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Why don’t journalists get religion?

Ett citat av Gal Beckerman från Columbia Journalism Review maj/juni 2004: Why don’t journalists get religion?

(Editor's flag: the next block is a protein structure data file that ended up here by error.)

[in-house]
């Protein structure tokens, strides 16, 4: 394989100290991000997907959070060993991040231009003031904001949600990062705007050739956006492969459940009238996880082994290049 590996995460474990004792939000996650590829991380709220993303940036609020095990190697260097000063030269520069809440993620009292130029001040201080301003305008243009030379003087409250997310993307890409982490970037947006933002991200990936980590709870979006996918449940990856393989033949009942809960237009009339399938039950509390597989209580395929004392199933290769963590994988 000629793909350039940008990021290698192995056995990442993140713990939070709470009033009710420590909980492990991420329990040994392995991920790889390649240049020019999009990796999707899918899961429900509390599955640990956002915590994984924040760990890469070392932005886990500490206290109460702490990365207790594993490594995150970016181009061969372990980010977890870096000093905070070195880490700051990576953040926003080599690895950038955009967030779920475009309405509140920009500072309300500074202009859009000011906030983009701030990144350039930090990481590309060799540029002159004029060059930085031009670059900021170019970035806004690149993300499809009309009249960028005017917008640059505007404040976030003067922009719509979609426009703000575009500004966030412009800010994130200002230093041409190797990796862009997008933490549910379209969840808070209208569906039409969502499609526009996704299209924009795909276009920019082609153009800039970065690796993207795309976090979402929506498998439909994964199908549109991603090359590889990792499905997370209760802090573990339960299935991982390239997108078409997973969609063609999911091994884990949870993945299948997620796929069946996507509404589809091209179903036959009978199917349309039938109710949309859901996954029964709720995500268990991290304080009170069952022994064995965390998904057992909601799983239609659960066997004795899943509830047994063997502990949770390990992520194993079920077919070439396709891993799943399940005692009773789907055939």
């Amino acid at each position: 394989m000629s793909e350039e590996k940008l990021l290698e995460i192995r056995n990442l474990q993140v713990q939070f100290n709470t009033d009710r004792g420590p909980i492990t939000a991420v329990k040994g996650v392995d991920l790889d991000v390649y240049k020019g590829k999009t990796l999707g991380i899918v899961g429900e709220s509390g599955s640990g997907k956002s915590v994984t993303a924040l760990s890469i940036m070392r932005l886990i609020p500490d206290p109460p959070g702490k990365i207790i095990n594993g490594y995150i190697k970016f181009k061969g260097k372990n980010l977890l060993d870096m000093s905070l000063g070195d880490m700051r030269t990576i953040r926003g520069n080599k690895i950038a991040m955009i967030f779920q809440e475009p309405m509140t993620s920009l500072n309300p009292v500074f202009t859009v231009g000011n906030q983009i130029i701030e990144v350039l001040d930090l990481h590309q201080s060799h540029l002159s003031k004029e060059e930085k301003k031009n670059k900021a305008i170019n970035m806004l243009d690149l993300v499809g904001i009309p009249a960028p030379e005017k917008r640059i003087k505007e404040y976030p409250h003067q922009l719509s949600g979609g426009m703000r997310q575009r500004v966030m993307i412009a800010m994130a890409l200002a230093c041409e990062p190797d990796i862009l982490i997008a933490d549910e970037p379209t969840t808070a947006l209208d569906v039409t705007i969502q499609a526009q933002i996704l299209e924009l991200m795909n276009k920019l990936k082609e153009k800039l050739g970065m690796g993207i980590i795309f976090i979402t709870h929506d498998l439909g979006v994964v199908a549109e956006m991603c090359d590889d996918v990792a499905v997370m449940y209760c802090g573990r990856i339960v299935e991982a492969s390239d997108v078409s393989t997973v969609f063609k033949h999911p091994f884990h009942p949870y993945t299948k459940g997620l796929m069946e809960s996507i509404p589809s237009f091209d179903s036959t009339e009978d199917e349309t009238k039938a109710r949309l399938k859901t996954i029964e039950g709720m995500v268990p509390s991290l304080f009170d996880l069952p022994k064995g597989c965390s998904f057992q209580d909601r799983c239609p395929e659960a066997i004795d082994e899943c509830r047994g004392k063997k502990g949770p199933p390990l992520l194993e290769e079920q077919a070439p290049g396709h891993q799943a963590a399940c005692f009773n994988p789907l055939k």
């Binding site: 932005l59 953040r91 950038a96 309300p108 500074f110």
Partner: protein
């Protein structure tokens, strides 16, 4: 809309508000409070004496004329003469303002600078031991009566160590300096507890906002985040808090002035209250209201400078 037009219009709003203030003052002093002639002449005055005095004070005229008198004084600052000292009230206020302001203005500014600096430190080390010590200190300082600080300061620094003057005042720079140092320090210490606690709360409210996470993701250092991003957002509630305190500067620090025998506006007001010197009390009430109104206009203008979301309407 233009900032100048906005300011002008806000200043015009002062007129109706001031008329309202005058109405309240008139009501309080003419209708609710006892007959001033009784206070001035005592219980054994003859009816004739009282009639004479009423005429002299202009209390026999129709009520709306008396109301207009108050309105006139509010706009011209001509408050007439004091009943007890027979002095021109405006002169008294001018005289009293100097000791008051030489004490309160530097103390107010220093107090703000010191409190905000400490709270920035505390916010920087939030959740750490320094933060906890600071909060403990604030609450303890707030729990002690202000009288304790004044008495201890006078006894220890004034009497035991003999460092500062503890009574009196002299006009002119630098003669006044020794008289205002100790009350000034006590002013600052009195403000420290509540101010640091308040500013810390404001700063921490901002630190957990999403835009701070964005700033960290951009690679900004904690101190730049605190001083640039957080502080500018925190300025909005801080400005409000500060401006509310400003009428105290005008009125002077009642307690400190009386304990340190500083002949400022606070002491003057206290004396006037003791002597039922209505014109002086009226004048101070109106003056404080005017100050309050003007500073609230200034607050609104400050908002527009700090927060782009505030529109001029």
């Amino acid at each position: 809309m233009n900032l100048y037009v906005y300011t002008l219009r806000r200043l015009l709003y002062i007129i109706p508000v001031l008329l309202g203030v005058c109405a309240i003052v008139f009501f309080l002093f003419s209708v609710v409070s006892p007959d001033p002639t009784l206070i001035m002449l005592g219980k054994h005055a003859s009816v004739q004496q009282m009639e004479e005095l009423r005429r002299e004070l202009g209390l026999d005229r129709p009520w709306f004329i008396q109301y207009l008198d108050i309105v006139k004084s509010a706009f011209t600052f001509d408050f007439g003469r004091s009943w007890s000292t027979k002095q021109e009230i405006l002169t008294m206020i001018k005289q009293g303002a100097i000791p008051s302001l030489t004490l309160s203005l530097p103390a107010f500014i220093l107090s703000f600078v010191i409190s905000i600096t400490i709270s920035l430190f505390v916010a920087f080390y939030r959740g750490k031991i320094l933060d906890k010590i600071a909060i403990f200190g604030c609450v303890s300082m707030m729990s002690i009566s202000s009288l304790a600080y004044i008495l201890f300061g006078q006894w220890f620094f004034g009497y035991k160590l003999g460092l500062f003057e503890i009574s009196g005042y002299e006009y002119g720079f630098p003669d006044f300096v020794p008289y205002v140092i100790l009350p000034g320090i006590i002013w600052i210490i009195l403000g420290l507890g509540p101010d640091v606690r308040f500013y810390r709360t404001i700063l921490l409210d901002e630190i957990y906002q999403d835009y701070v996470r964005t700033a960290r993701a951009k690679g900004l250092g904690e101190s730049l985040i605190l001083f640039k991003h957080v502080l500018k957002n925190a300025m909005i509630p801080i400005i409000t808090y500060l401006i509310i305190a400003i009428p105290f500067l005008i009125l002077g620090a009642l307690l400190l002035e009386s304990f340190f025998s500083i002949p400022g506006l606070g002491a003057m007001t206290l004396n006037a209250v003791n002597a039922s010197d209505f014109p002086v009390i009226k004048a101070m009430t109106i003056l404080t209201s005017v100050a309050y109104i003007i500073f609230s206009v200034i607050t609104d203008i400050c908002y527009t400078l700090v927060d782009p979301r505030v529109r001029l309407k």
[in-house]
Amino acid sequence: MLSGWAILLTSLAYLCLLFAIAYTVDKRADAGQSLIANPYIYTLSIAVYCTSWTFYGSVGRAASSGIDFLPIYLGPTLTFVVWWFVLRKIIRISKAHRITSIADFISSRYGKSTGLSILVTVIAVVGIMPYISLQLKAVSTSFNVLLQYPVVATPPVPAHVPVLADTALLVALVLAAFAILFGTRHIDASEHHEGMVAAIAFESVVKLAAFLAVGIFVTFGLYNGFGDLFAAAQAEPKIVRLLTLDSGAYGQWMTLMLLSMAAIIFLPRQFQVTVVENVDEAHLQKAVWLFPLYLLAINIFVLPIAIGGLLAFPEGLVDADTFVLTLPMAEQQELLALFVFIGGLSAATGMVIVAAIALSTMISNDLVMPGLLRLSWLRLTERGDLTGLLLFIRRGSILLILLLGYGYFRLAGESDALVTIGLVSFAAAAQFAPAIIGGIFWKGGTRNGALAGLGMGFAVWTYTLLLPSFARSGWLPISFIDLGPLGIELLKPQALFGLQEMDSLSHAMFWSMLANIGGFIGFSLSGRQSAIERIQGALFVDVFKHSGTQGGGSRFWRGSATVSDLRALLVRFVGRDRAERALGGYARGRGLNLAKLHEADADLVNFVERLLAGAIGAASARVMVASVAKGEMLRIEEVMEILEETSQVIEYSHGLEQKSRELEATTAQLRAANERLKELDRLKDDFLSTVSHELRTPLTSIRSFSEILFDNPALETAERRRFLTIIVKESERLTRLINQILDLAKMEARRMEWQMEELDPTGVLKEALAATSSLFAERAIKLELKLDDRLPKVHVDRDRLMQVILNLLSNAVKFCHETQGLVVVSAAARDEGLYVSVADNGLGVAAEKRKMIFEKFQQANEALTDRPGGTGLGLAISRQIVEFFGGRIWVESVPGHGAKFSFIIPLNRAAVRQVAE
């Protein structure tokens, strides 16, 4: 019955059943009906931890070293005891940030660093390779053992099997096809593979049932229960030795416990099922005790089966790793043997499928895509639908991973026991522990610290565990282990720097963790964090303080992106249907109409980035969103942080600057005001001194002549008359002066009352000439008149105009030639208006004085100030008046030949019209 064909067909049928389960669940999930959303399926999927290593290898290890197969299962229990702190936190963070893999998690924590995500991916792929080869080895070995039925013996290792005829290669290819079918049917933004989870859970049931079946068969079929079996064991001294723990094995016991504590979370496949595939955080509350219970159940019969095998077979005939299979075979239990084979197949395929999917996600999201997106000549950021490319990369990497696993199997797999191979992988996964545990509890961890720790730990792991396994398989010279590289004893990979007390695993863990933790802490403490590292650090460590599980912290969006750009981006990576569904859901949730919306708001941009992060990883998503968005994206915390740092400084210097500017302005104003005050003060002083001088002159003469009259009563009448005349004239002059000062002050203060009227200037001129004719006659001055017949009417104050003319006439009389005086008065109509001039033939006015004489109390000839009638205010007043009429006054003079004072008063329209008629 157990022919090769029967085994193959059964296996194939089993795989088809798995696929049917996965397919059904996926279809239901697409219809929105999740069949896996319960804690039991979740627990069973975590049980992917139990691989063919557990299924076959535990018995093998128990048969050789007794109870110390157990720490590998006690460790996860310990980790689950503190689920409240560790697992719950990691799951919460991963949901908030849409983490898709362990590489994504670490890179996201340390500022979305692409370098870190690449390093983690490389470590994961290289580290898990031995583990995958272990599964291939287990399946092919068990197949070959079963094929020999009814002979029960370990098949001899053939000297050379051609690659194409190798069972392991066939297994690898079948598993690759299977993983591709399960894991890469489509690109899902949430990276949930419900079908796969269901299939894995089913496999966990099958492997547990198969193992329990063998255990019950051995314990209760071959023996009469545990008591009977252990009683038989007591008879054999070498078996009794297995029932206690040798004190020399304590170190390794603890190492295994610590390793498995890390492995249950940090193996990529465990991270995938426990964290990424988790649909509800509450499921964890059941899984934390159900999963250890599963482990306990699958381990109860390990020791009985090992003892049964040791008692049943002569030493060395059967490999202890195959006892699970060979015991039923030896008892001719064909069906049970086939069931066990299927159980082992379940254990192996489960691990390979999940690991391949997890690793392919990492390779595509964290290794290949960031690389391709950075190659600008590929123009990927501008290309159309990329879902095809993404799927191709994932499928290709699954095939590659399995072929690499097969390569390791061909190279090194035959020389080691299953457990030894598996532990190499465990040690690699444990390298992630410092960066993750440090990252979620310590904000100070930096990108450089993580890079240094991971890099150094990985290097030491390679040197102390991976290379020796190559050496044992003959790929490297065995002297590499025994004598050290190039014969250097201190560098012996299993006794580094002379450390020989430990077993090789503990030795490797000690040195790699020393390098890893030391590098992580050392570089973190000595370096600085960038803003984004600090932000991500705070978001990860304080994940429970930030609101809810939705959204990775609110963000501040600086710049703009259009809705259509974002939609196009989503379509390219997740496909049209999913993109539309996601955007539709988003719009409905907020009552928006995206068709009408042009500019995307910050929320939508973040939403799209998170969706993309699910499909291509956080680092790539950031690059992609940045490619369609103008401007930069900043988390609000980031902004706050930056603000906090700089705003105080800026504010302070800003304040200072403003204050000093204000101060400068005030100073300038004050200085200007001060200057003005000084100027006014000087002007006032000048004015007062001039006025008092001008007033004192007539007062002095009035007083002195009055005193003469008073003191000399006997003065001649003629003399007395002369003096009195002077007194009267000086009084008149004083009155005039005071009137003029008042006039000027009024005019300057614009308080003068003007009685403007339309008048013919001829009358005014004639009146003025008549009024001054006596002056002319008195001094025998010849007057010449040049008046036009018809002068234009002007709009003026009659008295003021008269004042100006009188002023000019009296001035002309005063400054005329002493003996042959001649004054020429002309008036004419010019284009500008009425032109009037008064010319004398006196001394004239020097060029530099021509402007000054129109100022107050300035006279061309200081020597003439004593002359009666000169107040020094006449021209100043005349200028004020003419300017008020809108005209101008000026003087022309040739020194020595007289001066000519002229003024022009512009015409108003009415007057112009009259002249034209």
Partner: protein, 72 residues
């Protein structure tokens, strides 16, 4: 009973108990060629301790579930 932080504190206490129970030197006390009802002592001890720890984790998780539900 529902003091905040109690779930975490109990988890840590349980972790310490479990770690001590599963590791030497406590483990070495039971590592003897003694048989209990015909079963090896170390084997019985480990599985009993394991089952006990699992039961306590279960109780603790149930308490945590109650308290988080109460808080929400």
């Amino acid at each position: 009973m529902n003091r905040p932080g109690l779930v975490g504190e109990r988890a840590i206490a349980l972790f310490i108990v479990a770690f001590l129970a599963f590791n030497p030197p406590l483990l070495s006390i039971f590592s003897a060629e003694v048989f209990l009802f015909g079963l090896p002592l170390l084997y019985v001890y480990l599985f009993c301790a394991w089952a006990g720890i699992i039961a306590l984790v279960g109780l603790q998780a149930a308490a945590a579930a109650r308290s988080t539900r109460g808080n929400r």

“Something else seems to be at work here, something more systemic. Diane Winston, who currently holds the Knight Chair in Media and Religion at the Annenberg School for Communication at the University of Southern California, sets the argument up by describing journalism and religion in the following way: ‘These are two institutions that both want to define the world for other people and both want to be seen as vehicles for truth, enlightenment, and guidance for daily living.’ On the one hand, there is journalism, premised on the notion of objective reality. To report is to write about what can be seen, heard, touched, smelled. Journalism is grounded in this world and embodies a belief that everything can be known. On the other hand is religion, which is fundamentally about mystery and the unknown. Faith is grounded in this notion, that we surrender ourselves to greater powers beyond our reach. How can journalism, then, welded as it is to the known world, contend with faith and belief? Or, as Waldman of Beliefnet puts is, ‘You are dealing with very squishy, difficult to quantify topics. Do you have a soul? What happens to it? Journalists tend to look for proof of things, and this is one area where proof is harder to come up with.’”